Anemia de Diamond-Blackfan/patologia , Células-Tronco Hematopoéticas/patologia , Proteínas Serina-Treonina Quinases/metabolismo , Anemia de Diamond-Blackfan/dietoterapia , Anemia de Diamond-Blackfan/genética , Animais , Benzamidas/farmacologia , Benzamidas/uso terapêutico , Diferenciação Celular/efeitos dos fármacos , Proliferação de Células , Células Cultivadas , Dioxóis/farmacologia , Dioxóis/uso terapêutico , Modelos Animais de Doenças , Eritropoese/efeitos dos fármacos , Eritropoese/genética , Humanos , Camundongos , Camundongos Transgênicos , Mutação , Cultura Primária de Células , Inibidores de Proteínas Quinases/farmacologia , Inibidores de Proteínas Quinases/uso terapêutico , Proteínas Serina-Treonina Quinases/antagonistas & inibidores , Proteínas Serina-Treonina Quinases/genética , Pirazóis/farmacologia , Pirazóis/uso terapêutico , Quinolinas/farmacologia , Quinolinas/uso terapêutico , RNA Interferente Pequeno/metabolismo , Proteínas Ribossômicas/genética
14.
PLoS One ; 15(7): e0229193, 2020.
Artigo em Inglês | MEDLINE | ID: mdl-32614890

RESUMO

BACKGROUND: Urine-based diagnostics indicated involvement of oncoprotein 18 (OP18) in bladder cancer. In cell culture models we investigated the role of OP18 for malignant cell growth. METHODS: We analyzed 113 urine samples and investigated two human BCa cell lines as a dual model: RT-4 and ECV-304, which represented differentiated (G1) and poorly differentiated (G3) BCa. We designed specific siRNA for down-regulation of OP18 in both cell lines. Phenotypes were characterized by cell viability, proliferation, and expression of apoptosis-related genes. Besides, sensitivity to cisplatin treatment was evaluated. RESULTS: Analysis of urine samples from patients with urothelial BCa revealed a significant correlation of the RNA-ratio OP18:uroplakin 1A with bladder cancer. High urinary ratios were mainly found in moderately to poorly differentiated tumors (grade G2-3) that were muscle invasive (stage T2-3), whereas samples from patients with more differentiated non-invasive BCa (G1) showed low OP18:UPK1A RNA ratios. Down-regulation of OP18 expression in ECV-304 shifted its phenotype towards G1 state. Further, OP18-directed siRNA induced apoptosis and increased chemo-sensitivity to cisplatin. CONCLUSIONS: This study provides conclusive experimental evidence for the link between OP18-derived RNA as a diagnostic marker for molecular staging of BCa in non-invasive urine-based diagnostics and the patho-mechanistic role of OP18 suggesting this gene as a therapeutic target.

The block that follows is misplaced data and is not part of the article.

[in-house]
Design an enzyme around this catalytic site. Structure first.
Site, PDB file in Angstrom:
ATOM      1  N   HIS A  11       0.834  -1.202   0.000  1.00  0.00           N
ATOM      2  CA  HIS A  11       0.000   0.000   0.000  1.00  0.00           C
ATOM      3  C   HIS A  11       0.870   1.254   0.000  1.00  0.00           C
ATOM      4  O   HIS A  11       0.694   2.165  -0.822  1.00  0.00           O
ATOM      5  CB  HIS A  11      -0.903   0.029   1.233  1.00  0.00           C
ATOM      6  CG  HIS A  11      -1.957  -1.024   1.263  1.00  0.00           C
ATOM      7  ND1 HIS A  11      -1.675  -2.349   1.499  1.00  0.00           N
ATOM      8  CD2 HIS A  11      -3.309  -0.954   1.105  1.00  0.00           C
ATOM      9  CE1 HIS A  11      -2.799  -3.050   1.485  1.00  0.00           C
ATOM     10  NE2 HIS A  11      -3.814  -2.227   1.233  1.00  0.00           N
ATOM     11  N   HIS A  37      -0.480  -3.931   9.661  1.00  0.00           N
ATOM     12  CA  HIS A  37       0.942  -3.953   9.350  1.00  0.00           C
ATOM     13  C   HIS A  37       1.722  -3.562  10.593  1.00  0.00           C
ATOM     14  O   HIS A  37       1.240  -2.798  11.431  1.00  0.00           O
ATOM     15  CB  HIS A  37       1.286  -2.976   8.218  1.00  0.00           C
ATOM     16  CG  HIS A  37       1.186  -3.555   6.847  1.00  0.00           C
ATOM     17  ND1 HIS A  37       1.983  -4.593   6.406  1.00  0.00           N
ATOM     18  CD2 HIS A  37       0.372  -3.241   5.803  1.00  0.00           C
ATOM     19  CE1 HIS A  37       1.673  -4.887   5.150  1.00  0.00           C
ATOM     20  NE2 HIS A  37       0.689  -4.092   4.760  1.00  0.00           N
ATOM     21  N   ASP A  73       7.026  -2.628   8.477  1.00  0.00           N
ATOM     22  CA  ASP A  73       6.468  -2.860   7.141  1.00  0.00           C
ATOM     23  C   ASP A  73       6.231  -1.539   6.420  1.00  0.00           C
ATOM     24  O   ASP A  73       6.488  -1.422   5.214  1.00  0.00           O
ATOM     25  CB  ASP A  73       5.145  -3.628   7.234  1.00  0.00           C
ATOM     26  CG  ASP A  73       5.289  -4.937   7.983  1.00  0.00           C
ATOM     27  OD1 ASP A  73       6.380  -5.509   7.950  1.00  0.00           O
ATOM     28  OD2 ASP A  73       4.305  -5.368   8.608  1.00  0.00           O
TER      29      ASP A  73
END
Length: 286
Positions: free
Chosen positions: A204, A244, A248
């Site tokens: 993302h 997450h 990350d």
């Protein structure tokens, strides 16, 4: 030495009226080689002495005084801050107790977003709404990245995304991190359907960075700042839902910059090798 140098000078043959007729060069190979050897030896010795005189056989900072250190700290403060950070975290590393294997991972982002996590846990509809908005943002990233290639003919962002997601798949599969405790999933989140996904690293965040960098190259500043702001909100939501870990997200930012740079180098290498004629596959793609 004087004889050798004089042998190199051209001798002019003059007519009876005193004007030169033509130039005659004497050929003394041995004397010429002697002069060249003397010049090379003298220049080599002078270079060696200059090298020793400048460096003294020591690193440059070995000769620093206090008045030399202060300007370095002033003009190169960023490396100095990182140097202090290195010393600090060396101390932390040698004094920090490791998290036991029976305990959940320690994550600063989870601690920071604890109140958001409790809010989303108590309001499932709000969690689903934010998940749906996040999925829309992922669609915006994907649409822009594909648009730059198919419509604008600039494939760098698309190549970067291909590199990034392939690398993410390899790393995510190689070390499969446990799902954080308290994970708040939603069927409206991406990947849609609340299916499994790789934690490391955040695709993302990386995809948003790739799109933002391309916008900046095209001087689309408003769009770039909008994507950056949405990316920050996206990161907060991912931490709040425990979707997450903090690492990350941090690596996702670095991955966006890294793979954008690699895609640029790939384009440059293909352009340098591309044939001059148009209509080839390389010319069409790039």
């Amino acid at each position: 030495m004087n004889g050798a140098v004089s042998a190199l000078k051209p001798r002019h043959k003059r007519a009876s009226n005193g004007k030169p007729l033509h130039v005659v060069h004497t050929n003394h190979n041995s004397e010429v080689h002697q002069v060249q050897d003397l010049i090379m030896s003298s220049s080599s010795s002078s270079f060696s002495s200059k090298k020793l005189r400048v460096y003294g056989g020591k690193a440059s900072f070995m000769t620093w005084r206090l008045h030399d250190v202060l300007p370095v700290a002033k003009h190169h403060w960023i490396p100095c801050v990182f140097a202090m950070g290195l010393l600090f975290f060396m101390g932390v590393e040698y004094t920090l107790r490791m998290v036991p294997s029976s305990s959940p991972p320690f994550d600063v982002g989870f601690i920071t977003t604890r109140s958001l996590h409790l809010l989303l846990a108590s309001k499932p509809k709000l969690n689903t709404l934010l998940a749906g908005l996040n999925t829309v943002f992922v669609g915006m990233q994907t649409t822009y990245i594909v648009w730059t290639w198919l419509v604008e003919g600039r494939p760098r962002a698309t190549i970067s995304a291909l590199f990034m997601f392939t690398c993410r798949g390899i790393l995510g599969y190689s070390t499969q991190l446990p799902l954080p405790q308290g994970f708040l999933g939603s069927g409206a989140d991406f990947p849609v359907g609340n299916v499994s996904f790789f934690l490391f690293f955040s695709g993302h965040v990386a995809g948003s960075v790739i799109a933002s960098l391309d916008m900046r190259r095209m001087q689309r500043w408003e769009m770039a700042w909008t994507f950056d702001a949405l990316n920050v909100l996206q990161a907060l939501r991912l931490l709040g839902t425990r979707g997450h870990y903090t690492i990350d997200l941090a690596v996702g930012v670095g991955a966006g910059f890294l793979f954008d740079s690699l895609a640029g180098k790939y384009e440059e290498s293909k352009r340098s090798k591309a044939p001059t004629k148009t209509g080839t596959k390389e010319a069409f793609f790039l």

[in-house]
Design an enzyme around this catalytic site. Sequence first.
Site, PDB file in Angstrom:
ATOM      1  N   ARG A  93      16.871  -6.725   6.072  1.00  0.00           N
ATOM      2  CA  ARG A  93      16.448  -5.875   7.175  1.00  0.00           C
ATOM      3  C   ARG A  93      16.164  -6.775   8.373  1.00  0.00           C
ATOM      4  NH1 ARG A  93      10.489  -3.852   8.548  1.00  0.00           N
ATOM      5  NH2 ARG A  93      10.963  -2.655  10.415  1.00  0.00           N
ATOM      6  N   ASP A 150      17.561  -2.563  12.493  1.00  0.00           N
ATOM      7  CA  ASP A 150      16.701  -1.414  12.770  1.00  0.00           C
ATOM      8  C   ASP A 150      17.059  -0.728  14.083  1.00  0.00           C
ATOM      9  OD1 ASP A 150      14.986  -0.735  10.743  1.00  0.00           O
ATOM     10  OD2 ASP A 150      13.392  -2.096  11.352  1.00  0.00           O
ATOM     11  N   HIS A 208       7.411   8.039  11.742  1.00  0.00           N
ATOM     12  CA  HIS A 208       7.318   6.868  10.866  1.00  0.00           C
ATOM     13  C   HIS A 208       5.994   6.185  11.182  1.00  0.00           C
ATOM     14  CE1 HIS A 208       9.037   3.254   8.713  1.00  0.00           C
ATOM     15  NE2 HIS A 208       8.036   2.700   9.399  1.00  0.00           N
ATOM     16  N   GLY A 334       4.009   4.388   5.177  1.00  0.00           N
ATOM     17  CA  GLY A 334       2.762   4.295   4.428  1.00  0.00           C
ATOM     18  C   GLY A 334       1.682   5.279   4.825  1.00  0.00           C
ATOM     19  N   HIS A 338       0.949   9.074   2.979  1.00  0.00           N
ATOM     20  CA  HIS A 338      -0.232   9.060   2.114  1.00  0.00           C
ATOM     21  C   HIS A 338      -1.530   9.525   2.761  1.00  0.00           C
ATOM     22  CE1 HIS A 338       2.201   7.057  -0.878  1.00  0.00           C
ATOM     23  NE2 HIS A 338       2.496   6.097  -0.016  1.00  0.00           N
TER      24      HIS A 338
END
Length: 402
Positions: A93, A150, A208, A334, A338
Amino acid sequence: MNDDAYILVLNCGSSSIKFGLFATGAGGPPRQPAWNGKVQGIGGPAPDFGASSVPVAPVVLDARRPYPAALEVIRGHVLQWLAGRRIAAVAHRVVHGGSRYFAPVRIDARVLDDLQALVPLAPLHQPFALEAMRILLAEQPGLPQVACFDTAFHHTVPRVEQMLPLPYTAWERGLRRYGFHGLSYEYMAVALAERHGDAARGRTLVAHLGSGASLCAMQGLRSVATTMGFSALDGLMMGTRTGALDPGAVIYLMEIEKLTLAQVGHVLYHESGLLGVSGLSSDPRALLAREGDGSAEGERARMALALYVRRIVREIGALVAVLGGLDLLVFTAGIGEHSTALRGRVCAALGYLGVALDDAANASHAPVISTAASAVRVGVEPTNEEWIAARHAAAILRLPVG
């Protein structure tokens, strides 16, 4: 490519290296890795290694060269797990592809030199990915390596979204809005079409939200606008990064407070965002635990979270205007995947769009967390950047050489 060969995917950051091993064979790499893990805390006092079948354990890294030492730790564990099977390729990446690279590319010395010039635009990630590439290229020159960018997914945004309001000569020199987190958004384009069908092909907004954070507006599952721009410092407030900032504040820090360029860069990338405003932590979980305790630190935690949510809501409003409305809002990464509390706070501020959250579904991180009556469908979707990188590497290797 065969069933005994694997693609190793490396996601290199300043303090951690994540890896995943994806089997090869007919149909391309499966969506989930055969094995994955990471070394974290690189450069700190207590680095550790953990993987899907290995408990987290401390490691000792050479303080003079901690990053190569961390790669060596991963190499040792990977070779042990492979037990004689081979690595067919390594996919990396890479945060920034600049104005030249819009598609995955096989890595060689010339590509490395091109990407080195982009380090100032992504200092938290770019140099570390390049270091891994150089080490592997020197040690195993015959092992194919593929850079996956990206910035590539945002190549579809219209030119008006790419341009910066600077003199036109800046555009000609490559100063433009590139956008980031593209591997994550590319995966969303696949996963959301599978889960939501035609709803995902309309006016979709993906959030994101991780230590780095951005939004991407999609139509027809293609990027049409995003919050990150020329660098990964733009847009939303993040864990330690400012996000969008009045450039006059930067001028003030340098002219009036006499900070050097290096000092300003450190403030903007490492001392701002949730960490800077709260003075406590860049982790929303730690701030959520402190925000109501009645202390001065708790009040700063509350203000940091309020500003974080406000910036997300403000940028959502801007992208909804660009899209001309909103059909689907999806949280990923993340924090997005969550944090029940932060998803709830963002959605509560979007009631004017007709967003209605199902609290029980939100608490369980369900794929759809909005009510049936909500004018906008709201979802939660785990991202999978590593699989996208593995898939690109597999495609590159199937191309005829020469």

Assuntos
Biomarcadores Tumorais/urina , RNA/urina , Estatmina/genética , Neoplasias da Bexiga Urinária/diagnóstico , Idoso , Antineoplásicos/uso terapêutico , Apoptose , Linhagem Celular Tumoral , Proliferação de Células , Cisplatino/uso terapêutico , Feminino , Humanos , Masculino , Pessoa de Meia-Idade , Neoplasias Musculares/secundário , Gradação de Tumores , Fenótipo , Interferência de RNA , RNA Interferente Pequeno/metabolismo , Estatmina/antagonistas & inibidores , Estatmina/metabolismo , Estatmina/urina , Neoplasias da Bexiga Urinária/tratamento farmacológico , Neoplasias da Bexiga Urinária/patologia , Uroplaquina Ia/genética
15.
Nat Commun ; 11(1): 3671, 2020 07 22.
Artigo em Inglês | MEDLINE | ID: mdl-32699299

RESUMO

Epigenetic reprogramming is a cancer hallmark, but how it unfolds during early neoplastic events and its role in carcinogenesis and cancer progression is not fully understood. Here we show that resetting from primed to naïve human pluripotency results in acquisition of a DNA methylation landscape mirroring the cancer DNA methylome, with gradual hypermethylation of bivalent developmental genes. We identify a dichotomy between bivalent genes that do and do not become hypermethylated, which is also mirrored in cancer. We find that loss of H3K4me3 at bivalent regions is associated with gain of methylation. Additionally, we observe that promoter CpG island hypermethylation is not restricted solely to emerging naïve cells, suggesting that it is a feature of a heterogeneous intermediate population during resetting. These results indicate that transition to naïve pluripotency and oncogenic transformation share common epigenetic trajectories, which implicates reprogramming and the pluripotency network as a central hub in cancer formation.


Assuntos
Transformação Celular Neoplásica/genética , Reprogramação Celular , Metilação de DNA , Epigênese Genética , Neoplasias/genética , Animais , Linhagem Celular , Técnicas de Cocultura , Ilhas de CpG/genética , DNA (Citosina-5-)-Metiltransferases/genética , DNA (Citosina-5-)-Metiltransferases/metabolismo , Fibroblastos , Regulação Neoplásica da Expressão Gênica , Técnicas de Silenciamento de Genes , Células HEK293 , Histonas/genética , Histonas/metabolismo , Células-Tronco Embrionárias Humanas , Humanos , Camundongos , Oxigenases de Função Mista/genética , Oxigenases de Função Mista/metabolismo , Regiões Promotoras Genéticas/genética , Proteínas Proto-Oncogênicas/genética , Proteínas Proto-Oncogênicas/metabolismo , RNA Interferente Pequeno/metabolismo
16.